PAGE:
two equilateral triangles [i.e. at the centres of the first two circles,
at B1 and B2]. The upper and lower circles intersect it 2 units below the
apex of the upright equilateral triangle and 2 units above the apex of the
inverted one. These two distances should be bisected by drawing a
horizontal line through the intersections of the perimeters of the upper
and lower overlapping circles with that of the central circle, thus
marking a point on the vertical axis 1 unit below the apex of the upright
equilateral triangle [N1] and 1 unit above that of the inverted triange [N2].
In both the upper and lower halves of the diagram, two oblique lines
should now be drawn. Starting from the extremities of the central
horizontal axis [D-D], each line should pass through the intersection of
the central circle and the upper or lower of the first two circles before
crossing the vertical axis, and continue through the intersection of the
central circle with the upper or lower secondary circle on the other side
of this axis. These lines intersect on the axis at two points [R1 in the
upper half, R2 in the lower] which are a half-unit closer to its centre
than the two preceding paints [N1 and N2]. [The lines are D-rc and D-rd in
the upper half, D-rc and D-rd in the lower.] Five points [R1 and R2, N1
and N2, B1 and B2, J1 and J2, and K1 and K2] have thus been marked within
the first 5 units from the apex and the base of the vertical axis. These
will mark the following points on the sculpture:
- centre of Śiva's face.
1 - centre of Brahmā's middle face.
- centre of Hayagrīva's forehead.
- centre of Hayagrīva's chest.
- centre of Hayagrīva's waistband.
sahasrāra-cakra on the top of the head of Viṣṇu (behind
the central crown).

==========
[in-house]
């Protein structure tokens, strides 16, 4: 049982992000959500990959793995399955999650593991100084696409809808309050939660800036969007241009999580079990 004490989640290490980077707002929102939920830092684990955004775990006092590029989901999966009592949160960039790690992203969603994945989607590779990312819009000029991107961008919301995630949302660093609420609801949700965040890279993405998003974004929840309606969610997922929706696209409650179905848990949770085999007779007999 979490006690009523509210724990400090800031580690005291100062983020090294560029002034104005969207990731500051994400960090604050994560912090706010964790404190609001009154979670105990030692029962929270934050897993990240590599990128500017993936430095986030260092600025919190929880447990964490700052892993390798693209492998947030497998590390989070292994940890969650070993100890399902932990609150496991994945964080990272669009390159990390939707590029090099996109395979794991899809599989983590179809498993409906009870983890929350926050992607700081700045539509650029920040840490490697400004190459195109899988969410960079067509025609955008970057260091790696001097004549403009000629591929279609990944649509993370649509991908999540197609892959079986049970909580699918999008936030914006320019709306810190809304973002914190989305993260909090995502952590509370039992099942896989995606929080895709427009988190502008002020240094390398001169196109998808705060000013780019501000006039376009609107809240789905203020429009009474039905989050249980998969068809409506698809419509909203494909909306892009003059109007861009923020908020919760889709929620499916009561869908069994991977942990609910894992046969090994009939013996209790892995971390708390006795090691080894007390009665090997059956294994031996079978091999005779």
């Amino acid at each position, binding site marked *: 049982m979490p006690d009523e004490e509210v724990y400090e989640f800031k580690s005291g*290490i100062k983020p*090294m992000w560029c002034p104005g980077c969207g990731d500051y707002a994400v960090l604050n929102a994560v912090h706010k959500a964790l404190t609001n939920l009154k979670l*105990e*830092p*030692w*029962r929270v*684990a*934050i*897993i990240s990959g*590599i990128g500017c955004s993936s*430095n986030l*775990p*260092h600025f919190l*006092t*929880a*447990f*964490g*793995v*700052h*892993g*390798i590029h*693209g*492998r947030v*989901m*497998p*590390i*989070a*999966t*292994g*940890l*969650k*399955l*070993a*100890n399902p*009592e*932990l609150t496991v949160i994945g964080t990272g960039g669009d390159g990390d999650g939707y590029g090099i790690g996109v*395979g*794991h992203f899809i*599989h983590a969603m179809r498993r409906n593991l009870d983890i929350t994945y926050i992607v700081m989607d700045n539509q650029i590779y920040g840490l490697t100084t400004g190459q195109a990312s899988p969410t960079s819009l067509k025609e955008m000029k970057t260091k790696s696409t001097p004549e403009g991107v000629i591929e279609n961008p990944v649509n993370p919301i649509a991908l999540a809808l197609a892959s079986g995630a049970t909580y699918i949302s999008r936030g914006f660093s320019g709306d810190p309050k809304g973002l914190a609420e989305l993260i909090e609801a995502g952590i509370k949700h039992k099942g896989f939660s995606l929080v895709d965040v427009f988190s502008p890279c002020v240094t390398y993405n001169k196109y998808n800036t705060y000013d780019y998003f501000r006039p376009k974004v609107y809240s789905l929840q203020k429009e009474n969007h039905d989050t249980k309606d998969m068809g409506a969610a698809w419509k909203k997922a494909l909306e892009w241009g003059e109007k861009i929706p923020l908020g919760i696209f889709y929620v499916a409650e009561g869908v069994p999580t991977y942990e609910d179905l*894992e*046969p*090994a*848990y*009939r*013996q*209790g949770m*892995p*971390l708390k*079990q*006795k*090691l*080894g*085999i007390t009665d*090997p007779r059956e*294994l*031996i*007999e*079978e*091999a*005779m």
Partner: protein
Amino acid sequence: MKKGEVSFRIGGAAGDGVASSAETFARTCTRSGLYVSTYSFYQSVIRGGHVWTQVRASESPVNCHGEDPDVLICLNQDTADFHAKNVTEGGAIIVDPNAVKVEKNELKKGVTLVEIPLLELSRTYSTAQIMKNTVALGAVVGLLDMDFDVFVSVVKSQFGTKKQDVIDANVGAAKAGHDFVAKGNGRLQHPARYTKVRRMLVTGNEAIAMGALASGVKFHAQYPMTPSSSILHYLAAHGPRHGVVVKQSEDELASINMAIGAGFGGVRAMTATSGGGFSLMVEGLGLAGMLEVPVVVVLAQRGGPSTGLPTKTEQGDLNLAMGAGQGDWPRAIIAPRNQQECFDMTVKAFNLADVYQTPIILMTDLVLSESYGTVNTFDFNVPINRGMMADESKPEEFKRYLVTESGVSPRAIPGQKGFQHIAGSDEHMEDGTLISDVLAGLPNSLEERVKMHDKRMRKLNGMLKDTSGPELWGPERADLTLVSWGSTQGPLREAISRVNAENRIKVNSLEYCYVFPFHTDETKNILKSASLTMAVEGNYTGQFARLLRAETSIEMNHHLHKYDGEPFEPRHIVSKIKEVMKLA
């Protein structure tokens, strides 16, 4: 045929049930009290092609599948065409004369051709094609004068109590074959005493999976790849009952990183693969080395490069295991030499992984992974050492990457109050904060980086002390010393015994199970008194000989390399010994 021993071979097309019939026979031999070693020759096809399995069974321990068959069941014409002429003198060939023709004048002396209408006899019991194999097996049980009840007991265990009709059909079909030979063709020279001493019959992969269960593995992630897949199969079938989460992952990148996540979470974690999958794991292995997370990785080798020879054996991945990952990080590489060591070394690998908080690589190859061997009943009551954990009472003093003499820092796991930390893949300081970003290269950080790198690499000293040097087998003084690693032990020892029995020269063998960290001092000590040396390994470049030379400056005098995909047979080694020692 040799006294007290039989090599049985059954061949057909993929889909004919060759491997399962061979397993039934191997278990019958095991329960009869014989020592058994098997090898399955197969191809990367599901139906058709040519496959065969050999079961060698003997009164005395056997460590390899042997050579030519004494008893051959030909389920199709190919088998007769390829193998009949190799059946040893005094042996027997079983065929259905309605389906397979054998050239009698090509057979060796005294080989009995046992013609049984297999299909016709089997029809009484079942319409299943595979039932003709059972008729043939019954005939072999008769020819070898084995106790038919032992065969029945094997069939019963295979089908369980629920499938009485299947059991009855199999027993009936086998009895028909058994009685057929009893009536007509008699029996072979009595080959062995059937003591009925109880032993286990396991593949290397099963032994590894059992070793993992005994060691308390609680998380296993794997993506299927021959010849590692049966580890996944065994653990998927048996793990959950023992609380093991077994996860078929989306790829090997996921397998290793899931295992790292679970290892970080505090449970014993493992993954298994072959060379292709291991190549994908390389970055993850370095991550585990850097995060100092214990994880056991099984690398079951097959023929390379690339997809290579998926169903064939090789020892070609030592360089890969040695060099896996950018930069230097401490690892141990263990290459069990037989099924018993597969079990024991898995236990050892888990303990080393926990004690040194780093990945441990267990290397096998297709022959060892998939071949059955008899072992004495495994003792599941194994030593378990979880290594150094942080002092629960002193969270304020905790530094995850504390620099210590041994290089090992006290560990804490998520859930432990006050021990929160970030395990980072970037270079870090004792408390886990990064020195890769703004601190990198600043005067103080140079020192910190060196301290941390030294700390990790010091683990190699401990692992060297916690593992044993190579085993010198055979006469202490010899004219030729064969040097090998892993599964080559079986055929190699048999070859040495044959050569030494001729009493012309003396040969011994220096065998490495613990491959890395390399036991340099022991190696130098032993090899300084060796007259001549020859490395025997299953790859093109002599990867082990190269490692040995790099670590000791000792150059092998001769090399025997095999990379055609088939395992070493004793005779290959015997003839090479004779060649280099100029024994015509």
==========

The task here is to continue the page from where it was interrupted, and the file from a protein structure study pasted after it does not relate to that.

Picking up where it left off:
- viśuddha-cakra on the body of
- anāhata-cakra on the body of Viṣṇu (heart).
- maṇipūraka-cakra on the body
of Viṣṇu (solar plexus).
- mūlādhāra-cakra on the body
of Viṣṇu (base of the trunk).
-junction of the pint of Viṣṇu 's robe and the centre of the nāgas'
the yogic, cakra see Plate 60.]
The third set of lines emanate from the intersections of the second arcs
with the top and base lines [k1 and k2, left and right] and pass through
the intersections of those arcs with the secondary upper and lower circles
on the opposite side of the axis. These lines intersect on the axis at the
points [B1 and B2] whew the apices of the two equilateral triangles and
the circumference of the central secondary circle also join it. The angle
of the lines from the perpendicular is in this case 400 [lines
k2-ba and k2-bb, k1-bc and k1-bd].
The fourth set of lines are drawn from the intersections of the third arcs
with the top and base lines [ml and m2, left and right] through the
intersections of the second arcs [k1 and k2] with the circumferences of
the upper and lower primary circles on the opposite side of the axis.
These lines intersect on the axis at the points WI and J2] where the
apices of the first two isosceles triangles and the first arcs [j1 and j2]
also join it. The angle of the lines from the perpendicular is equal to
that of the preceding set, namely 400 [lines m2-ja and m2-jb,
m1-jc and m1-jd].
A fifth set of lines, at 350 from the perpendicular, could be
drawn through the apices of the second two isosceles triangles
[at K I and k!2] by connecting the intersections of the third arcs
with the lines through the first points on the axis [R1 and R2] and.
diagonally opposite, the intersections of the opposed third arcs with the
circumferences of the two secondary circles outside the frame of the plan.
[These potential vectors are shown as broken lines in figures 3.3, 3.4,
3.5 and 36.1 There is no immediate purpose which such lines could serve,
for we are establishing these points [K1 and K2] as those of the source of
creation in the primeval waters at the base, and of the face of
destruction in the face of diva at the top. There is no development below
the former and none above the latter; beyond them there is nothing, and
these two points correspond because the one leads hack to the other in the
continuous cycle of generation and dissolution and preparation of the
universe. Therefore these lines are not drawn in preparation for marking
the Tree (for this has been our purchase to this stage: the interwoven
warp and weft--otam protam-on
which our image of the universe is to be made is now complete).
Translation of A. Kaegi, of which I am very fond, in The Rigveda: The
Oldest Literature of the Indans (Zūrich 1880) translated into English
by R. Arrowsmith, 1886, p. 90.
©Oxford University Press 1988